1. (2)

    Load–Strain Relation of the Concrete

Strain curve and data of the concrete at the 1/4 position (0.25 L), 1/3 position (0.33 L), and center position (0.5 L) of the arch deck in the lateral direction of the specimen are presented in Fig. 10 and Table 6. The concrete strain did not have the same level of strain results as 60–65 and 80–85% at the 1/4 and 1/3 position, respectively, shown in the rebar. The reason for this was due to cracking concrete material characteristic, compared to continuous and uniform straining characteristic of rebar.

Fig. 10
figure 10

AD concrete load–strain curve.

Table 6 Test results of load–concrete strain data (AD).

The load–strain relation of concrete showed a similar behavior at the center position to that of rebar. However, at the 1/4 position, a second slope change was observed at approximately 30 kN, which is equivalent to a strain of approximately 27% of the yield strain occurring at the center position. The delayed strain occurrence at the 1/4 position compared to the center showed that the arch action has occurred.

The overall curve shape and slope change at the center position of the rebar and concrete were similar in all 3 specimens without significant errors in the measurements.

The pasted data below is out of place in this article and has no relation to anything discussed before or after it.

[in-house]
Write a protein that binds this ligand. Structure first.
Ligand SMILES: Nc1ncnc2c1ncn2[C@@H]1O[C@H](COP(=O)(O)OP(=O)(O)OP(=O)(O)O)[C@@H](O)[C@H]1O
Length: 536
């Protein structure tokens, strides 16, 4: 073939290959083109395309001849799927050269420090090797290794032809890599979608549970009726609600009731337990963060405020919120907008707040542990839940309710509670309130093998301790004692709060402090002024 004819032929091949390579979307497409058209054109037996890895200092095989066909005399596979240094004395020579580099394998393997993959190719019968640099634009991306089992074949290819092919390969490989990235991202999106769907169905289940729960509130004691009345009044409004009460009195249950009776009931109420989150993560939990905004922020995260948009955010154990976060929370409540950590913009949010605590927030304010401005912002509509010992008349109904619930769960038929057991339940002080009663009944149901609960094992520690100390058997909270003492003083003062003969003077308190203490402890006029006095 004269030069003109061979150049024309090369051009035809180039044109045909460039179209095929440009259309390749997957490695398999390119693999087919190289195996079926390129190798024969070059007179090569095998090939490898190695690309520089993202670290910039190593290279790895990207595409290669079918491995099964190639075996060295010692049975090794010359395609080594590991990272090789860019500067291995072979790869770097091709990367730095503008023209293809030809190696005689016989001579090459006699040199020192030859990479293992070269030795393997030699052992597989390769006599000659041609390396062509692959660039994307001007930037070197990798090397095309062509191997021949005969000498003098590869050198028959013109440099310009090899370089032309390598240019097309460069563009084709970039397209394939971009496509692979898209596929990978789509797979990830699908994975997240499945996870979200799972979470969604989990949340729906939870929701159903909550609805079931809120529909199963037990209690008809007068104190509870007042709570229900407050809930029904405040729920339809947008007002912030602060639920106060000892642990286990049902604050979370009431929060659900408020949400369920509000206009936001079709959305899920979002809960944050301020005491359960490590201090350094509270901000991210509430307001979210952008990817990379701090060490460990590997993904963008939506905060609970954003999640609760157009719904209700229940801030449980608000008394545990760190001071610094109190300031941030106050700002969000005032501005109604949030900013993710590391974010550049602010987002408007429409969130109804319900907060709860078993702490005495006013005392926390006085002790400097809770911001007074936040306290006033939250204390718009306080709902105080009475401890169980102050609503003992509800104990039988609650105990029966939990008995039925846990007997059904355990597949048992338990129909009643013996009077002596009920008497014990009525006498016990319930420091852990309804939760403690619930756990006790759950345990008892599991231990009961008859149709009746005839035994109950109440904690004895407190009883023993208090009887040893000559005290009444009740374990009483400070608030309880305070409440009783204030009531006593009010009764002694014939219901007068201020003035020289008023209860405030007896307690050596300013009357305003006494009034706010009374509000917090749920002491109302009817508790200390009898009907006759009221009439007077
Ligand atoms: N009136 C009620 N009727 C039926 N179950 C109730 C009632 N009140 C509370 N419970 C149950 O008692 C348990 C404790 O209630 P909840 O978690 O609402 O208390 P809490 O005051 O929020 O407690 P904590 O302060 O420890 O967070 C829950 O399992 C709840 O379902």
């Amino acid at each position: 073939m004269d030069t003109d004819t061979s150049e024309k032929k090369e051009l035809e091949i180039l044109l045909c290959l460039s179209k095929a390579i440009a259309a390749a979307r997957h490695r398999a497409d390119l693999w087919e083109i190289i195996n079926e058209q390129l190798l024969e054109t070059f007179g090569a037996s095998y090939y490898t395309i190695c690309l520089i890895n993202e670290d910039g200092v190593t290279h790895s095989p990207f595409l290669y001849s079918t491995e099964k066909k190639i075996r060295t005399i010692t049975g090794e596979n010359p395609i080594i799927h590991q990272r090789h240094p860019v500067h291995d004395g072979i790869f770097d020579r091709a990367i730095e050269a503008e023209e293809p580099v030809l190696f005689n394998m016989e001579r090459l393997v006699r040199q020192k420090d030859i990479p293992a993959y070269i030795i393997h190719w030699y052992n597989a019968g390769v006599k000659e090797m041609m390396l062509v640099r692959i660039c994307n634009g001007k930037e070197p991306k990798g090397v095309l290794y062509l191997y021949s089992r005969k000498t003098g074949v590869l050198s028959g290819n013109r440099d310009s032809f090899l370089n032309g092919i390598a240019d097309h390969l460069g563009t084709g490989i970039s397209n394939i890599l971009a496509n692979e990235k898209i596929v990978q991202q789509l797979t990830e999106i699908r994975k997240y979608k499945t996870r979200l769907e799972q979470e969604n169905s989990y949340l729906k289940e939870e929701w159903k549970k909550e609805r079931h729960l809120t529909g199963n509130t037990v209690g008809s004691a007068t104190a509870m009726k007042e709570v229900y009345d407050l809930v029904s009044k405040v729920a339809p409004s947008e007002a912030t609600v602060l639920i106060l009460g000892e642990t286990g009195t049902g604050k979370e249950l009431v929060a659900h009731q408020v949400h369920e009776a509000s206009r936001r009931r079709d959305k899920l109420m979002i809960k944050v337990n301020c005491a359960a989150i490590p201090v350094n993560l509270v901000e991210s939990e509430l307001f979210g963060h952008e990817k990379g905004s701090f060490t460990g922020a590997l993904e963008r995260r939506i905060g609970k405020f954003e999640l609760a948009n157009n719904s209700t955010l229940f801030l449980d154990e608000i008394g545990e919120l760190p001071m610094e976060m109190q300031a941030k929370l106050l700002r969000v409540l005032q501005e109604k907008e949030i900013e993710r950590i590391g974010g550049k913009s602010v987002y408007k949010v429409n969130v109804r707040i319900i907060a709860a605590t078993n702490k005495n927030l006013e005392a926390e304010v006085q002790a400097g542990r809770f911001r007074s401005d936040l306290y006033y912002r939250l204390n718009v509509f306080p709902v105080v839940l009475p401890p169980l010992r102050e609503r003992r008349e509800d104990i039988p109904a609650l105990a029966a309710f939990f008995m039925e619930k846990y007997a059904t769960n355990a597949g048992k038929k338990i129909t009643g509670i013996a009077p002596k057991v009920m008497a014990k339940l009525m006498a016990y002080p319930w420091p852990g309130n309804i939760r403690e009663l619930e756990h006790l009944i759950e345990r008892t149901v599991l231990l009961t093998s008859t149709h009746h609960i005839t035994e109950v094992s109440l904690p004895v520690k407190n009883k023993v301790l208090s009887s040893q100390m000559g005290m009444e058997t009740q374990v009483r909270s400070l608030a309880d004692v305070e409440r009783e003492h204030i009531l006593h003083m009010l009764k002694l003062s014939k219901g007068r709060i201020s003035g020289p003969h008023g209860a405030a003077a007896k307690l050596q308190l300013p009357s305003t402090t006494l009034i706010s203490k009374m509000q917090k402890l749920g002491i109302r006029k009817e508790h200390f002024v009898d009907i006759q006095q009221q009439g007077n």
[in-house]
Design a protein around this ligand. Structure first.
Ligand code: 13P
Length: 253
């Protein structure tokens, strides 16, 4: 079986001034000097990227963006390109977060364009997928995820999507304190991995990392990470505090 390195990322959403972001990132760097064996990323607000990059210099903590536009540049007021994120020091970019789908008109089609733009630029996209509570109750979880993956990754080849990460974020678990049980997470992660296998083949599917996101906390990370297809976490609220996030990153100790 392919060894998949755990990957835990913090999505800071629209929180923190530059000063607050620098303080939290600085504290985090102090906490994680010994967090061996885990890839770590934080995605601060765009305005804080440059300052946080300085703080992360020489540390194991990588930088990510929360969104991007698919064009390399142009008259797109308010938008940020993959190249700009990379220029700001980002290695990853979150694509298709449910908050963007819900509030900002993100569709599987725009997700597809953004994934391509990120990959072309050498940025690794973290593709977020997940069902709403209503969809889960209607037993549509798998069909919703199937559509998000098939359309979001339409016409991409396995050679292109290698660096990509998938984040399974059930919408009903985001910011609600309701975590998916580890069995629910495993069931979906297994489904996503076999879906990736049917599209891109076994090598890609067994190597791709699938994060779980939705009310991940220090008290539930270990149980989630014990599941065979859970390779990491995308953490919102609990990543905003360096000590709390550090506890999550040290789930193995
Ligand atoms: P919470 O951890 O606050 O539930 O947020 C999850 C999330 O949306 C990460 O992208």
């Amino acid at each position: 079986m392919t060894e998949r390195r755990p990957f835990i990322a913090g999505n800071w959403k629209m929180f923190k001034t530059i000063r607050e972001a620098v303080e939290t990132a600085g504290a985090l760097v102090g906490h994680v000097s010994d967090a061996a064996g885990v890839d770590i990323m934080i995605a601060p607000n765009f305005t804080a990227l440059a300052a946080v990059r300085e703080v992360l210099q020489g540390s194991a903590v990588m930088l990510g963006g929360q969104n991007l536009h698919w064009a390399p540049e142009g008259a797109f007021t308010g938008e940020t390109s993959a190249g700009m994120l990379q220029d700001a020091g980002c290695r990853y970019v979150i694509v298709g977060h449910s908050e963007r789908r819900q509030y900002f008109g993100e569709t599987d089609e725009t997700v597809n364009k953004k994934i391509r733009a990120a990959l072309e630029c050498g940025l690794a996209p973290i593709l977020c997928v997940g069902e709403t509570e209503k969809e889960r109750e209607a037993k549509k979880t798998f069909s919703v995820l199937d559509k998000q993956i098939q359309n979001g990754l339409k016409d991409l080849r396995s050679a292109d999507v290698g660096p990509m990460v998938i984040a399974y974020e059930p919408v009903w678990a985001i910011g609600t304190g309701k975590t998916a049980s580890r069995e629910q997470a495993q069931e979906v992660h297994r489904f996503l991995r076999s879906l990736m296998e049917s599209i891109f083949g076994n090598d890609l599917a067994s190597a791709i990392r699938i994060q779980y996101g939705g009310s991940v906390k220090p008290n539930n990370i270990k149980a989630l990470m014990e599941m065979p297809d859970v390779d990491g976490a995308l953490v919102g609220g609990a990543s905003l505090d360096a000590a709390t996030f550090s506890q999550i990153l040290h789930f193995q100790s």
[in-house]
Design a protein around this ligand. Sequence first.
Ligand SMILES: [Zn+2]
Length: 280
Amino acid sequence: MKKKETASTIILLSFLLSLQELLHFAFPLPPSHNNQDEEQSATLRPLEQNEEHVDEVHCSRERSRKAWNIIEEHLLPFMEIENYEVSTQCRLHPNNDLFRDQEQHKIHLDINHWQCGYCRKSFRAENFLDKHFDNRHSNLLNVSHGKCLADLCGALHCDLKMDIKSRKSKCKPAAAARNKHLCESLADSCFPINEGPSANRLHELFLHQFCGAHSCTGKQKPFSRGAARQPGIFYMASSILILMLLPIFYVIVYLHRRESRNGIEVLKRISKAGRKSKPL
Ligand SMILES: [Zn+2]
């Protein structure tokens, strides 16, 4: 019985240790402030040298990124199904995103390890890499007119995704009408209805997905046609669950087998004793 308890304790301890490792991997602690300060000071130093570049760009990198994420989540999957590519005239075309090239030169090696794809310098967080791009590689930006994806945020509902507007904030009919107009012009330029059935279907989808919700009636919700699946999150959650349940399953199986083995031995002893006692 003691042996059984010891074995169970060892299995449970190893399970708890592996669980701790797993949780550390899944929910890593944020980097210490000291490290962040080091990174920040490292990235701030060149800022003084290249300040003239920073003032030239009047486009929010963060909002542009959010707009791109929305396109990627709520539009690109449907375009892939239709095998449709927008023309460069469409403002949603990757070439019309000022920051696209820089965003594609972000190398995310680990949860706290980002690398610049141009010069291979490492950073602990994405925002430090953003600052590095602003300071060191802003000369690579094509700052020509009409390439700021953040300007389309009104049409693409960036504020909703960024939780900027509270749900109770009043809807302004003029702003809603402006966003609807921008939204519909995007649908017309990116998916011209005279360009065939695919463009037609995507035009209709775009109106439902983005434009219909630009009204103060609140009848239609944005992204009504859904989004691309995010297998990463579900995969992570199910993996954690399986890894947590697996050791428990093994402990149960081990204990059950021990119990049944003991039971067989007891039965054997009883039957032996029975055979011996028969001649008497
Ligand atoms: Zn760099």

In addition, the load reached a failure load of approximately 60 kN, while the strain did not reach a concrete compressive strain limit of 0.003. This result indicated that compressive region of the specimens may have structural resistance even at ultimate load from the experiment of 60 kN.

Crack Shape

All specimens showed longitudinal crack pattern from flexural failure. As mentioned previously, the cracks were checked and marked at every 2 kN of applied loading. No cracks were found until 12 kN. This crack result is similar to the design crack load of 11.71 kN. After the initial cracking, multiple cracks formed and propagated during applied loading range of 12–30 kN as the width of the existing cracks tended to increase rather than generating new cracks. After 30 kN of loadings, which indicates that tensile failure occurred at the bottom surface of the specimen, at which point the load was only resisted by rebars.

The overall crack pattern of a longitudinal macro-cracks was observed at the center of the specimen. However, no longitudinal and lateral cracks were observed beyond the 1/4 position, which once again shows that arch action occurred in the load transferring process where the macro-cracking occurred at the weakest location, the top of arch in the specimen. The crack shape of AD specimen is shown in Fig. 11.

Fig. 11
figure 11

AD crack pattern.

Test Results of BD Loading Test

Load–Displacement Relationship